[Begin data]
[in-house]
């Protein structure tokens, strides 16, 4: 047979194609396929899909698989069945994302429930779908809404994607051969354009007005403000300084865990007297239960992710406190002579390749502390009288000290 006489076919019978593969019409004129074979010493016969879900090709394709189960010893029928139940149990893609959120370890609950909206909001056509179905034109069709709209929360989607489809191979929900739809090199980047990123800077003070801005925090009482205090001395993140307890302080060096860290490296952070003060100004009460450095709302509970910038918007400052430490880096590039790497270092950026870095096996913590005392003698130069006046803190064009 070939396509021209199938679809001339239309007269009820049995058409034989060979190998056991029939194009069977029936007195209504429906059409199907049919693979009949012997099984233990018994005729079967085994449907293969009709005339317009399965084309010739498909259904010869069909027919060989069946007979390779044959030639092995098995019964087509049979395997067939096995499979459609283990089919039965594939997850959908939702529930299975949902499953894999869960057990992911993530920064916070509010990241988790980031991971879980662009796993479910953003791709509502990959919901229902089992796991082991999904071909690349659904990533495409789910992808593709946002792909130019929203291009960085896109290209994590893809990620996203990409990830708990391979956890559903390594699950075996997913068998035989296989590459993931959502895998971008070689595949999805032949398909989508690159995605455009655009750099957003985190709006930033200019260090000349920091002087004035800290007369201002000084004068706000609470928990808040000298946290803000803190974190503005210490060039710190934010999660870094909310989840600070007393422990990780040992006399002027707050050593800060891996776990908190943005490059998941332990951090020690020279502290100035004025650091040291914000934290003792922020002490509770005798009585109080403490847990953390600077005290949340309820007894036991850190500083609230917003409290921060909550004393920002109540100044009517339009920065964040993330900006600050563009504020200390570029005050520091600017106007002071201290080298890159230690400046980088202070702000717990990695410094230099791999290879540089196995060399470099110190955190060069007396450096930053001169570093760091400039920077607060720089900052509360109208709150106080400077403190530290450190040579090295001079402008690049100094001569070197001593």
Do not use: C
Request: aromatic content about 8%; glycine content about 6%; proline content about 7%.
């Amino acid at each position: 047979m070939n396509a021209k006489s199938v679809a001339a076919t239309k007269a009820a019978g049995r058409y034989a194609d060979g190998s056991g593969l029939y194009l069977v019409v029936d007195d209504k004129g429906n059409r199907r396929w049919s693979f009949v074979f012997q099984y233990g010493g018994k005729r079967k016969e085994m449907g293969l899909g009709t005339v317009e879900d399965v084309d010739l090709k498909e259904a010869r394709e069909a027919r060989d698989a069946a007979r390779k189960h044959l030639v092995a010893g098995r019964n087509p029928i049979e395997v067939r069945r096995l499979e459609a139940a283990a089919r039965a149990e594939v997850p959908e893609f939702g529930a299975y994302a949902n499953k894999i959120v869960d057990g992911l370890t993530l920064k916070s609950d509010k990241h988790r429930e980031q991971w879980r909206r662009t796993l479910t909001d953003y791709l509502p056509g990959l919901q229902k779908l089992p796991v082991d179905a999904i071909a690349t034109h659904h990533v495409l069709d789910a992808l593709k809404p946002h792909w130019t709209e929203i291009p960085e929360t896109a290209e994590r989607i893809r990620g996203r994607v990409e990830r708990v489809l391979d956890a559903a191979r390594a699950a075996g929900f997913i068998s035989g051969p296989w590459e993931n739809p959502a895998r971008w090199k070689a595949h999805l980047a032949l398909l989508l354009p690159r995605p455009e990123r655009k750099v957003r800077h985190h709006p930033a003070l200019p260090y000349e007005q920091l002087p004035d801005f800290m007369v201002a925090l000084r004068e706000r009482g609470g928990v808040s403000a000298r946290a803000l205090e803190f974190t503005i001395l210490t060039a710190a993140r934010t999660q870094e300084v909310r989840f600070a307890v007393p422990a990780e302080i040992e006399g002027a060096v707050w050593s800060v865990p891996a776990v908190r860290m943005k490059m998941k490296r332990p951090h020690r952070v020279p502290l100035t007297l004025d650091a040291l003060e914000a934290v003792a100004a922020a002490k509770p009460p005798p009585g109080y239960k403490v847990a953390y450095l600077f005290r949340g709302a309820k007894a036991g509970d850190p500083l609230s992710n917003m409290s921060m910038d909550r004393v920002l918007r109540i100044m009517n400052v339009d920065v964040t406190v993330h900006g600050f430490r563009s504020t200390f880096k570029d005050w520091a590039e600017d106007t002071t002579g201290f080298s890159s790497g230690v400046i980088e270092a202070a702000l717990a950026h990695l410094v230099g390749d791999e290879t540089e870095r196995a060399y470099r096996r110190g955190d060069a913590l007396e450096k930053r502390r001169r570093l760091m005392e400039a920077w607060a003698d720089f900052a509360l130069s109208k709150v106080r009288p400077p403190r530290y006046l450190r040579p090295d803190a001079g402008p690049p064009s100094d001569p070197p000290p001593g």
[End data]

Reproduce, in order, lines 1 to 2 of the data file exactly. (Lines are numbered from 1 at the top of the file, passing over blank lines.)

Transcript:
[in-house]
């Protein structure tokens, strides 16, 4: 047979194609396929899909698989069945994302429930779908809404994607051969354009007005403000300084865990007297239960992710406190002579390749502390009288000290 006489076919019978593969019409004129074979010493016969879900090709394709189960010893029928139940149990893609959120370890609950909206909001056509179905034109069709709209929360989607489809191979929900739809090199980047990123800077003070801005925090009482205090001395993140307890302080060096860290490296952070003060100004009460450095709302509970910038918007400052430490880096590039790497270092950026870095096996913590005392003698130069006046803190064009 070939396509021209199938679809001339239309007269009820049995058409034989060979190998056991029939194009069977029936007195209504429906059409199907049919693979009949012997099984233990018994005729079967085994449907293969009709005339317009399965084309010739498909259904010869069909027919060989069946007979390779044959030639092995098995019964087509049979395997067939096995499979459609283990089919039965594939997850959908939702529930299975949902499953894999869960057990992911993530920064916070509010990241988790980031991971879980662009796993479910953003791709509502990959919901229902089992796991082991999904071909690349659904990533495409789910992808593709946002792909130019929203291009960085896109290209994590893809990620996203990409990830708990391979956890559903390594699950075996997913068998035989296989590459993931959502895998971008070689595949999805032949398909989508690159995605455009655009750099957003985190709006930033200019260090000349920091002087004035800290007369201002000084004068706000609470928990808040000298946290803000803190974190503005210490060039710190934010999660870094909310989840600070007393422990990780040992006399002027707050050593800060891996776990908190943005490059998941332990951090020690020279502290100035004025650091040291914000934290003792922020002490509770005798009585109080403490847990953390600077005290949340309820007894036991850190500083609230917003409290921060909550004393920002109540100044009517339009920065964040993330900006600050563009504020200390570029005050520091600017106007002071201290080298890159230690400046980088202070702000717990990695410094230099791999290879540089196995060399470099110190955190060069007396450096930053001169570093760091400039920077607060720089900052509360109208709150106080400077403190530290450190040579090295001079402008690049100094001569070197001593």